A lot of musicians such as Stevie Nicks, Bob Dylan, Taylor Swift, Journey, Def Leppard, and Shakira have sold their catalog rights within the last year. Bob Dylan sold his entire catalog for a reported $300 million. Once you get to the age of about 70. Publishing is far more lucrative than the mechanical royalties paid to artist based on sales, airplay and streams. A good example of this is Michael Jackson brought the rights to the Beatles catalog in 1985. And in the late 80’s the Beatles Revolution appeared in a Nike commercial. The lump sums being offered by publishing firms are more tax friendly concerning estate planning. Do you think you would be willing to sale your back catalog if someone like Universal is will to buy everything, such as all the rights to all your songs? Another factor is mortality.
That’s an unlikely concern for me right now considering the size of my catalogue, if it would provide me the financial opportunity to live out the rest of my life without a worry then probably. I am open to testing this out! I know that I am capable of creating new versions like Taylor Swift so it’s not the end of the road.
Spotify’s ‘Stream On’ event on Monday (February 22), the company confirmed that more than 60,000 new tracks are now being ingested by its platform every single day. This means people are added new tracks uploaded to its platform every 1.4 seconds. The figure, announced by Spotify’s Co-Head of Music, Jeremy Erlich, means that across the course of this year, approximately 22 million tracks will be added to Spotify’s catalog. Spotify confirmed in November last year that its platform now played host to around 70 million tracks. Therefore, it’s reasonable to assume that, by the end of 2021, SPOT will be home to over 90 million tracks. And that in the early part of next year, it will surpass a catalog of 100 million for the first time. But still back at the beginning of the year Spotify deleted 750,00 songs, mostly from independent artists. What do you think what that could mean to independent artist? How can bands keep their fans if they cannot play live in front of the fans and sell merchandise to them at the show?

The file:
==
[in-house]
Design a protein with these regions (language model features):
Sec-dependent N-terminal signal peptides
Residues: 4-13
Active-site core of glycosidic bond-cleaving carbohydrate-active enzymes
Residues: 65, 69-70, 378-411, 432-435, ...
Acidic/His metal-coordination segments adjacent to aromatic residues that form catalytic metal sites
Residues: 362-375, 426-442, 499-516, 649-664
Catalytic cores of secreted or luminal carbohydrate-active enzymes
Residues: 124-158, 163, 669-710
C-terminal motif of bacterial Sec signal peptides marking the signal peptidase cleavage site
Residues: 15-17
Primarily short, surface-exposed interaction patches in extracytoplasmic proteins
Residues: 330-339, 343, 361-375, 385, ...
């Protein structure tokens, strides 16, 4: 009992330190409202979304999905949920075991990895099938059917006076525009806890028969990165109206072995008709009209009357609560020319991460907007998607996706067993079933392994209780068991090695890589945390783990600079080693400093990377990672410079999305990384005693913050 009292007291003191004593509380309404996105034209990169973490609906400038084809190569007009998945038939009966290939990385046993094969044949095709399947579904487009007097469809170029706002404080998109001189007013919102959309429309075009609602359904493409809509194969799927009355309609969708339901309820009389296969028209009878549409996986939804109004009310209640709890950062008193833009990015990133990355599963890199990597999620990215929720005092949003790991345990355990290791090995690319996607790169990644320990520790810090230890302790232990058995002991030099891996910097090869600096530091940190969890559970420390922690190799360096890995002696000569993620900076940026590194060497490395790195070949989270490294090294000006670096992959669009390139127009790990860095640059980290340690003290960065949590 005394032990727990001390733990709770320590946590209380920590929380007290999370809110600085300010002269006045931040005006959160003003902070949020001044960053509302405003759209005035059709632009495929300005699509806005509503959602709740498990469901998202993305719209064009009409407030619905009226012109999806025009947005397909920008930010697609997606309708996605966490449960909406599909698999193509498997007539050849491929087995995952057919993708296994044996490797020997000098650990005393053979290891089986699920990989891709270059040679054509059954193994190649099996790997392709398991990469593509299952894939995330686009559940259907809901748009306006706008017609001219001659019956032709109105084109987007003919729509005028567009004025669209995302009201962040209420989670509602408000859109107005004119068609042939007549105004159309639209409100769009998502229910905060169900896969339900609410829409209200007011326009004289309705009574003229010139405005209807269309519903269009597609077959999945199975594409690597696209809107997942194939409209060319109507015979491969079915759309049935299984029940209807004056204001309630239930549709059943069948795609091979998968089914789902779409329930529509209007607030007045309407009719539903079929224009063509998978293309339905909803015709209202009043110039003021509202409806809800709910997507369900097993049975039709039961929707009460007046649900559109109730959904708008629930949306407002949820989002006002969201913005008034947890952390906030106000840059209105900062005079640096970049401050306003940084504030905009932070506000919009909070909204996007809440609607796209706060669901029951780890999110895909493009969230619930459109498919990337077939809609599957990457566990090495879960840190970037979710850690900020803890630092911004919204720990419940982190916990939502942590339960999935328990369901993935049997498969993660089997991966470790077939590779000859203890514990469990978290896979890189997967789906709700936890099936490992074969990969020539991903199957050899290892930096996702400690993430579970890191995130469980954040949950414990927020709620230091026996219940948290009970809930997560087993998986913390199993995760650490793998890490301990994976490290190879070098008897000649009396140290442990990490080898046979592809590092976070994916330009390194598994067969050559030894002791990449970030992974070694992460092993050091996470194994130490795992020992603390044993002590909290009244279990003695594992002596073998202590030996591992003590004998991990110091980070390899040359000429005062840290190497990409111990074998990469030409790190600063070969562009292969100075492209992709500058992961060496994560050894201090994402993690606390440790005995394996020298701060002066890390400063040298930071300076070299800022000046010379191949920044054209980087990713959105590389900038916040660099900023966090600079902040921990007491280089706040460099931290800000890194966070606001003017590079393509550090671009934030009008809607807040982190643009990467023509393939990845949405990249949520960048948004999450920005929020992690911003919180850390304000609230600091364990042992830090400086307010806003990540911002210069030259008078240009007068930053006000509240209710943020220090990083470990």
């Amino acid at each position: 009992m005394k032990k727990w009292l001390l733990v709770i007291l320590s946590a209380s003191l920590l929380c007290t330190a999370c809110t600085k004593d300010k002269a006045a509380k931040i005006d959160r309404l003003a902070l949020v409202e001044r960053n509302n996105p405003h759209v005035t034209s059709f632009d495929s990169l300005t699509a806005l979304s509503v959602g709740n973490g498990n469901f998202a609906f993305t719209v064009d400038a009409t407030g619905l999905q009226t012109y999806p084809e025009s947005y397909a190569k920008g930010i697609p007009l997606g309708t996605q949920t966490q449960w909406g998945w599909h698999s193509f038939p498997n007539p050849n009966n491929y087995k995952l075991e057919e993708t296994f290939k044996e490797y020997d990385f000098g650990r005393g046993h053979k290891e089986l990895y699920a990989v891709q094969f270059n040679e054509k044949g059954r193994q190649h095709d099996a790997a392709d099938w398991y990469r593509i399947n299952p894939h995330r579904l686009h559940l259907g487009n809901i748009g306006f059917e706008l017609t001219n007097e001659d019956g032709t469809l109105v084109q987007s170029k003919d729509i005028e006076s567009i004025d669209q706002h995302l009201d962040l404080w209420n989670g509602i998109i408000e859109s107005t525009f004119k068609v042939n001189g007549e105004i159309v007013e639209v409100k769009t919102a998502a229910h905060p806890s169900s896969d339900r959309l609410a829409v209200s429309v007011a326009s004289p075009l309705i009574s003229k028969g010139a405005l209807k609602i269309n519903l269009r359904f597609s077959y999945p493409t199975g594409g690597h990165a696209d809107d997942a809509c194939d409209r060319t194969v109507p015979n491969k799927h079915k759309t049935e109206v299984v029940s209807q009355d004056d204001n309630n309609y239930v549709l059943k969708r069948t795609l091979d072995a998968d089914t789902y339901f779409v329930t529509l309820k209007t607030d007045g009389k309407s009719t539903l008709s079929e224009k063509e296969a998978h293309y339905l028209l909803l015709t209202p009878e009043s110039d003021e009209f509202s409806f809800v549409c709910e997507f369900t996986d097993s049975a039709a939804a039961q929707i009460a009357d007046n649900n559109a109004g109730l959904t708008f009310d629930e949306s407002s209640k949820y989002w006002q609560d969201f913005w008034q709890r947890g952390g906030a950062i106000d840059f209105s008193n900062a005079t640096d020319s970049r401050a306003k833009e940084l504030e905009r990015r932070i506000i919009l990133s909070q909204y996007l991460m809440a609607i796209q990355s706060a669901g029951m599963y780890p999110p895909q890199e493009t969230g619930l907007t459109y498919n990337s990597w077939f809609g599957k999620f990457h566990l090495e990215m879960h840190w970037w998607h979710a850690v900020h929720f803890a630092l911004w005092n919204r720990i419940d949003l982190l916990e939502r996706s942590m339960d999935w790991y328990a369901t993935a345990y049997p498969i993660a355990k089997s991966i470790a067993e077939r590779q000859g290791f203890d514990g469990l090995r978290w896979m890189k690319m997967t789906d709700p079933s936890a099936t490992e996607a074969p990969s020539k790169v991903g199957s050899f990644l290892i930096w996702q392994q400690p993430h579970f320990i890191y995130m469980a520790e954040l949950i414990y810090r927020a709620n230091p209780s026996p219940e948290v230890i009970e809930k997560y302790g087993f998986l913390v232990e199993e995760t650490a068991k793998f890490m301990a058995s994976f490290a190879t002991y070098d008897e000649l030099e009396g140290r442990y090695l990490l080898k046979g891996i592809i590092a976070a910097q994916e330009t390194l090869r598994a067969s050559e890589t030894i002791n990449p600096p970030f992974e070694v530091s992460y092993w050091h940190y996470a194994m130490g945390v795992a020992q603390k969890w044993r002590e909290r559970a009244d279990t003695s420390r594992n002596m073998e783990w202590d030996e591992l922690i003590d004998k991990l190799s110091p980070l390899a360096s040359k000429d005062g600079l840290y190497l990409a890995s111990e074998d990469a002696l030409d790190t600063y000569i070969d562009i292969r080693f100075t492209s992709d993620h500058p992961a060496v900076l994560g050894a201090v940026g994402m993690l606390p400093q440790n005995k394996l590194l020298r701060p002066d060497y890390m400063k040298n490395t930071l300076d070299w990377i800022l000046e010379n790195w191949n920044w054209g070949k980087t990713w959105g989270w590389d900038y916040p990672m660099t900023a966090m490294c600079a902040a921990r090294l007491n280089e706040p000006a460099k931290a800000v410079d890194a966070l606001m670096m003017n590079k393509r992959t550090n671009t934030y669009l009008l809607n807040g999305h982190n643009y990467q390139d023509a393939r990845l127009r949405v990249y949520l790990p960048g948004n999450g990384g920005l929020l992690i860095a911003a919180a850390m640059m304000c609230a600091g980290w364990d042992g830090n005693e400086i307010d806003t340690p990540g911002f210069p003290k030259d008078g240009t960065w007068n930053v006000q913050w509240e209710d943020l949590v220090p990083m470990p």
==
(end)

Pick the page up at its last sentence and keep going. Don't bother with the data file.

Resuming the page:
You have to find a new way to present/sell your music or be a better musician/artist than everybody else. The only work around is connections, money, popularity, timing, luck etc. Other than that, all really matters is talent, innovation, adaptability and results.
Sony Music in November and Warner Music Group in December, The ByteDance-owned video app revealed on (February 8) that it has struck an “expanded” global licensing agreement with Universal Music Group. Now that TikTok is now fully licensed by all three major record companies, will you start using TikTok more?
I haven’t used to Tik Tok and don’t know whether I will.
Danny Wimmer Presents just announced their 2021 Festival Calendar: Which includes the following live shows: DWP Partners With Inkcarceration Music & Tattoo Festival For July 23-25 Event In Mansfield, OH Louder Than Life Set For September 23-26 With Newly Added Thursday Night Celebration In Louisville, KY Welcome To Rockville Expands To 4 Days And Shifts From Spring To November 11-14 In Daytona Beach, FL Aftershock Set For October 7-10 In Sacramento, CA, Almost Sold Out Would you be willing to play these shows and what precautions would you like to have in place?
I’m not sure if the one in July will occur and may be on the road touring in November/ December. I have a specific concept in mind for the type of performance I would ideally like to do, it’s not the conventional format for a show so I did not have any plans to perform with California Widow this year yet but I’m open-minded. The only precautions I care about are ones where safety and health are the top priority.